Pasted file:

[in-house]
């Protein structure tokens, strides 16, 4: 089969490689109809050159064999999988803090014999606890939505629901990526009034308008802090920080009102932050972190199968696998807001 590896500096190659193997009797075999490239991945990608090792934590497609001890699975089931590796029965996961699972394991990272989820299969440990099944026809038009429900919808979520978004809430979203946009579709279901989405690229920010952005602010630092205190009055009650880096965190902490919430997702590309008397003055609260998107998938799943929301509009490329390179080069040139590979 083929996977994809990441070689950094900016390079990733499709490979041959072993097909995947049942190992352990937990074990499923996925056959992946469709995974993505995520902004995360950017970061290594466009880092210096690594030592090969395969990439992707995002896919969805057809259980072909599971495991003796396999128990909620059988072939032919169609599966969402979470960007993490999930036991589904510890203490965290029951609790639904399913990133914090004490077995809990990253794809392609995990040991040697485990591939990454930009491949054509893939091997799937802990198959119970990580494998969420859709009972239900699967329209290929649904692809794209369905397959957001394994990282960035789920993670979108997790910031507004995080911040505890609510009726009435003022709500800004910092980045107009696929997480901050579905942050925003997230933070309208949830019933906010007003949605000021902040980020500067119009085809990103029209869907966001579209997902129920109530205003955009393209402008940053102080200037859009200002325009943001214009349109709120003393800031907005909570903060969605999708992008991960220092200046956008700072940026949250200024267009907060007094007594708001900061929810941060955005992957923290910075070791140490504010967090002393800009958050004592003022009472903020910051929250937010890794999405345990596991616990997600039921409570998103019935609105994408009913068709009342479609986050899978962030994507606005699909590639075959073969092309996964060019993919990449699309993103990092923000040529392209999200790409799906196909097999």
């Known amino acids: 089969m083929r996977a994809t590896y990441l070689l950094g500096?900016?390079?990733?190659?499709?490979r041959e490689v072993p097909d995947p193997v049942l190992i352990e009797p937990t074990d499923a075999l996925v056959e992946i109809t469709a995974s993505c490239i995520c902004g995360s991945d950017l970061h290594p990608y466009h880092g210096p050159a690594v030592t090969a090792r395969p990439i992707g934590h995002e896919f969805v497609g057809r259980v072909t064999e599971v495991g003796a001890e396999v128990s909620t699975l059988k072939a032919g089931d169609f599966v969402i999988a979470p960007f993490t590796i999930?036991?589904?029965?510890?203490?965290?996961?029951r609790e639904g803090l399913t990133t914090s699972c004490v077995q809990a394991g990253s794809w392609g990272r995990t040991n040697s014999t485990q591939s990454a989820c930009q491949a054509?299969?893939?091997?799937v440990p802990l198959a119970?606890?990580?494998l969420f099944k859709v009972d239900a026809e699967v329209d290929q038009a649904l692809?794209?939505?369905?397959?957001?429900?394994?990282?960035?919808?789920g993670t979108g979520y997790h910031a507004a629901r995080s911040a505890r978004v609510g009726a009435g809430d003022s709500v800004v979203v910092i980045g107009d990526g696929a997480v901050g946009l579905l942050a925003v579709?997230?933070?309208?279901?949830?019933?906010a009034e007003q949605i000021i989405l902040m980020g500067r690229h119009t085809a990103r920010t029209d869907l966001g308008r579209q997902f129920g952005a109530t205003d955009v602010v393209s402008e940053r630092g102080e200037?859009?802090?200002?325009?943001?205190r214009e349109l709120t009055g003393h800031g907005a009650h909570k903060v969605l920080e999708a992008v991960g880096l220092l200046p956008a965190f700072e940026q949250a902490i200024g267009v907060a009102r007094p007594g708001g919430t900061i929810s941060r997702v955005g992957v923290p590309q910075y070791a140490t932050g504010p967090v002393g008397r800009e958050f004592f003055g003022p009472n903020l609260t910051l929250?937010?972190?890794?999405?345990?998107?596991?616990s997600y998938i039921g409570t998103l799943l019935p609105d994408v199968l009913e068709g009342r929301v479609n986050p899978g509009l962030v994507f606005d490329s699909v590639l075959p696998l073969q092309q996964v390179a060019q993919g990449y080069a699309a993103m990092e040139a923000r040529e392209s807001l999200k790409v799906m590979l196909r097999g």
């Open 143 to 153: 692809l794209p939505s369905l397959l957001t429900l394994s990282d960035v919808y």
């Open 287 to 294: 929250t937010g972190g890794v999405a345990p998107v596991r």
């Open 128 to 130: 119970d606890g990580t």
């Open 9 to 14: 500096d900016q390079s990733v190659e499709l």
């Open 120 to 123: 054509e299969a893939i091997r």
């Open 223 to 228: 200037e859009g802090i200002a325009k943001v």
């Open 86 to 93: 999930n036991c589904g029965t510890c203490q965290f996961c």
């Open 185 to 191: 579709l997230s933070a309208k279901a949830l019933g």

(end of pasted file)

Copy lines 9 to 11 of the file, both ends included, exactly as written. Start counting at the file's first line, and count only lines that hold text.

């Open 223 to 228: 200037e859009g802090i200002a325009k943001v």
């Open 86 to 93: 999930n036991c589904g029965t510890c203490q965290f996961c």
């Open 185 to 191: 579709l997230s933070a309208k279901a949830l019933g």